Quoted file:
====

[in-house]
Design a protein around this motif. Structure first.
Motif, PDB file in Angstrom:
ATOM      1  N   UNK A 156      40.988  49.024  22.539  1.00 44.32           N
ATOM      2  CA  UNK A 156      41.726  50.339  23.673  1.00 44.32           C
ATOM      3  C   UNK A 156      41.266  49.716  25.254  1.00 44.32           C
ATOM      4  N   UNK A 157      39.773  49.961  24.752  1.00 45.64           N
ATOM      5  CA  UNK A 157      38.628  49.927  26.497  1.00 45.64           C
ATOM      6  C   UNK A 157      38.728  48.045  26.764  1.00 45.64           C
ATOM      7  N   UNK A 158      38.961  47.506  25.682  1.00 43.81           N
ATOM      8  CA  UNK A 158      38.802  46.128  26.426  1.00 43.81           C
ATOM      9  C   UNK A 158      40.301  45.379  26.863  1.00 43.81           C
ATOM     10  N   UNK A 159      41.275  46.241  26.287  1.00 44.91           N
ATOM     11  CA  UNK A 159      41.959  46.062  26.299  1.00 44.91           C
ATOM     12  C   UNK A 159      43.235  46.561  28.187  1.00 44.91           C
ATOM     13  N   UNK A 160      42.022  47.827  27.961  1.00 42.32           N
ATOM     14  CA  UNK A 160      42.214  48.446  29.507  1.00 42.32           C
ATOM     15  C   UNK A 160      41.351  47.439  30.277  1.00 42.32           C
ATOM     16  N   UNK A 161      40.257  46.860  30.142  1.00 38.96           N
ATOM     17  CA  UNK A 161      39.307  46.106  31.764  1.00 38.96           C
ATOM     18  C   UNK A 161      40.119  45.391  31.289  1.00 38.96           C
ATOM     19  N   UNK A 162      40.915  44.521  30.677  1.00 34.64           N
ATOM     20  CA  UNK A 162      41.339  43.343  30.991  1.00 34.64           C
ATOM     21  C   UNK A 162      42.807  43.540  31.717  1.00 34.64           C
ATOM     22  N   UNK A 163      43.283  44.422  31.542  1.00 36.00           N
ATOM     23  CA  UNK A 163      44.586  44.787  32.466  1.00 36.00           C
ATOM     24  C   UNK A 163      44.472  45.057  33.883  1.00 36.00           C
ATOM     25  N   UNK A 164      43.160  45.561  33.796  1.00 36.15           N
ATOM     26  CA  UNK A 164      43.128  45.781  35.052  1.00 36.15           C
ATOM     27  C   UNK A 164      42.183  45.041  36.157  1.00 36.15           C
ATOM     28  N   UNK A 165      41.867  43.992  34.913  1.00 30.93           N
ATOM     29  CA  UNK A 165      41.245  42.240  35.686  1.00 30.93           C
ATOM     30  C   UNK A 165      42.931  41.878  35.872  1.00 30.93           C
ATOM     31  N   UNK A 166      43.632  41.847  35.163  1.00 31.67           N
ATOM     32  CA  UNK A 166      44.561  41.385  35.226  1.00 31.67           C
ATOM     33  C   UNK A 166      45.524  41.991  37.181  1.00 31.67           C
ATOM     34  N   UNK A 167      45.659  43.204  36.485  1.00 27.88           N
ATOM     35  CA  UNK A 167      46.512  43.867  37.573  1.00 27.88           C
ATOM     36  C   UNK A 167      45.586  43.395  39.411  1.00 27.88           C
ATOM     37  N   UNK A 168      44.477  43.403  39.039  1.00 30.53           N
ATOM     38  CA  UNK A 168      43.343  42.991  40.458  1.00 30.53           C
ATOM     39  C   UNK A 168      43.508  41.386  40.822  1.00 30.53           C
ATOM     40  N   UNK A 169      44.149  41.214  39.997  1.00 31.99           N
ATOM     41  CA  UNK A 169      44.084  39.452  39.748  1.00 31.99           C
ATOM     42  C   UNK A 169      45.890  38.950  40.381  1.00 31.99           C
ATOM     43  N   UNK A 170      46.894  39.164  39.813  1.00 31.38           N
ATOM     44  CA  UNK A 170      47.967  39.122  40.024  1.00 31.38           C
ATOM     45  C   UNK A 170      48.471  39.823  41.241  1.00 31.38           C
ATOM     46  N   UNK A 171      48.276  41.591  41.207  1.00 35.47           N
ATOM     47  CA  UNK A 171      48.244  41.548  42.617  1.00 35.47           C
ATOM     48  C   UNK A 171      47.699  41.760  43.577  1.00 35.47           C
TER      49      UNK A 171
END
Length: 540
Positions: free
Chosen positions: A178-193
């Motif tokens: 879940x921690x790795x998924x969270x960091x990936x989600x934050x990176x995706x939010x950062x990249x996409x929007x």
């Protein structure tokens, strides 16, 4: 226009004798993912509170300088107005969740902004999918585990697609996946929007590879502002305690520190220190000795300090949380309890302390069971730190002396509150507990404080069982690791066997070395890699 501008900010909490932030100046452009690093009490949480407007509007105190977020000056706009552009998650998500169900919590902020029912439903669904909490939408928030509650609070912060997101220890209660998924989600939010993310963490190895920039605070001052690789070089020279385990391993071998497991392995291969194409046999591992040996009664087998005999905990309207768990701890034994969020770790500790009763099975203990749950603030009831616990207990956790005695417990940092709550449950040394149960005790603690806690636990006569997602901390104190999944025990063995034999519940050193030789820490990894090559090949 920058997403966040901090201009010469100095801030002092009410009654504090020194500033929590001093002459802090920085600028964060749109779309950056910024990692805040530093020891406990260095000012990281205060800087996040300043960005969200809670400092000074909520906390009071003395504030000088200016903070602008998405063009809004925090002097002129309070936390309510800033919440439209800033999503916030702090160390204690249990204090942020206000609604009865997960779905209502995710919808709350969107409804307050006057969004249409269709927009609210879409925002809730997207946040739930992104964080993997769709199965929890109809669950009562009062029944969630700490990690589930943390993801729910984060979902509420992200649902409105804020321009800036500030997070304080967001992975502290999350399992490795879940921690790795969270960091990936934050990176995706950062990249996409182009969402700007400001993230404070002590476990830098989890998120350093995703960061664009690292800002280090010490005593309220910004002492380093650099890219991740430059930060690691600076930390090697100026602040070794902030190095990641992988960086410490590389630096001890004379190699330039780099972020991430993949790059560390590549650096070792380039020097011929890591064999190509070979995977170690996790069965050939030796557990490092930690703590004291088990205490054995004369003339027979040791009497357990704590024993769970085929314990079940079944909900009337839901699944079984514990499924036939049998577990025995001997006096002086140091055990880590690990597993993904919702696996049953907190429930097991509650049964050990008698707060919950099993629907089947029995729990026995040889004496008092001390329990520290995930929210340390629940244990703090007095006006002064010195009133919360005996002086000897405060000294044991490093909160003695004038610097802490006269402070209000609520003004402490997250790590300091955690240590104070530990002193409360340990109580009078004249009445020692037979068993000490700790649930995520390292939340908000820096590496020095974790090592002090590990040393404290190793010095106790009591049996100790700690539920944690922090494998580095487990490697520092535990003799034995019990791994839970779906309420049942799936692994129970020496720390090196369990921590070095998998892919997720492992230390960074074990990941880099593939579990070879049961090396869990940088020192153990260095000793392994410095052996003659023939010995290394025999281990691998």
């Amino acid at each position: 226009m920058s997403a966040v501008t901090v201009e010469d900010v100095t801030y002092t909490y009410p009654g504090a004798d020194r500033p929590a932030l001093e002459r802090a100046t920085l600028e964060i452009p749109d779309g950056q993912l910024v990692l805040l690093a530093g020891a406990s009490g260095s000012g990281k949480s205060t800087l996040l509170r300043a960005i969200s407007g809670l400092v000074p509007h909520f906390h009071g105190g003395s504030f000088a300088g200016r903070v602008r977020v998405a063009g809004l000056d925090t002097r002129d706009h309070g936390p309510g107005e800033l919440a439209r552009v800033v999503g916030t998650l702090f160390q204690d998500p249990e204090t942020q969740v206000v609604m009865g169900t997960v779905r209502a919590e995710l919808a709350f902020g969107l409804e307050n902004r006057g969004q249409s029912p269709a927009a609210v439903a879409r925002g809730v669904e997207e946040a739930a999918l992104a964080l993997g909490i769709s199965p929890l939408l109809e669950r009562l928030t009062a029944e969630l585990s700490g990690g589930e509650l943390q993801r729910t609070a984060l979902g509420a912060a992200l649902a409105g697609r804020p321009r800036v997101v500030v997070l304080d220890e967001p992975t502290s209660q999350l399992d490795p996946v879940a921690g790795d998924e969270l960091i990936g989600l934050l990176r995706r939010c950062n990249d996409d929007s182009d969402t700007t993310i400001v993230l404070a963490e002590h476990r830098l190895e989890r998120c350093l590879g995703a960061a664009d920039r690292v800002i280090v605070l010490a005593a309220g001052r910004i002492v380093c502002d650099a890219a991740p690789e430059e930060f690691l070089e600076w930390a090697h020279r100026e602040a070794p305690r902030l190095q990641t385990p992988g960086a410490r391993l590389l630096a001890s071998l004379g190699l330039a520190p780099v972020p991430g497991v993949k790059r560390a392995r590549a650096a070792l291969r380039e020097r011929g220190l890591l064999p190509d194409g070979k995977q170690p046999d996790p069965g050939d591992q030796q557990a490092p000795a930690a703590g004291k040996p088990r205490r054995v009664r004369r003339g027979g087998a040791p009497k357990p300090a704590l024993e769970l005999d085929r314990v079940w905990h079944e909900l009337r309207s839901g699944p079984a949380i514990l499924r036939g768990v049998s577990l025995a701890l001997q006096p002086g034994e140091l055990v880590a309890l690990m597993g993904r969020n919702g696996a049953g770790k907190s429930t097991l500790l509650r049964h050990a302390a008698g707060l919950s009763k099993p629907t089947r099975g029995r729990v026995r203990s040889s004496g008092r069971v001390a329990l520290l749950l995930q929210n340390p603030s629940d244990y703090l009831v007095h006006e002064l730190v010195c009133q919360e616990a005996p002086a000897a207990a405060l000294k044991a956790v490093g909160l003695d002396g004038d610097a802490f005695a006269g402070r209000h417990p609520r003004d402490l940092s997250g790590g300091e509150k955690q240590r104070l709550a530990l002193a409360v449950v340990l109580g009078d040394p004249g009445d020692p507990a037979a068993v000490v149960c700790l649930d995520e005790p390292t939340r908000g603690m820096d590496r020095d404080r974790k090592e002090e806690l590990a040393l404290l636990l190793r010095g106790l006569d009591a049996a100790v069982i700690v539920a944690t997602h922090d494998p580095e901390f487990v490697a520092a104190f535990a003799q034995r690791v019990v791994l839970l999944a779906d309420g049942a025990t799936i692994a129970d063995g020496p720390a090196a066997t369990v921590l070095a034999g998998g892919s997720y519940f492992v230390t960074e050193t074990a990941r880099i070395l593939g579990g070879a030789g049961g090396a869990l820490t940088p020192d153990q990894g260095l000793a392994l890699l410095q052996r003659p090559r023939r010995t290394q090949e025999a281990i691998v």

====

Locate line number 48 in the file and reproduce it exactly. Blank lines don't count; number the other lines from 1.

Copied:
ATOM     45  C   UNK A 170      48.471  39.823  41.241  1.00 31.38           C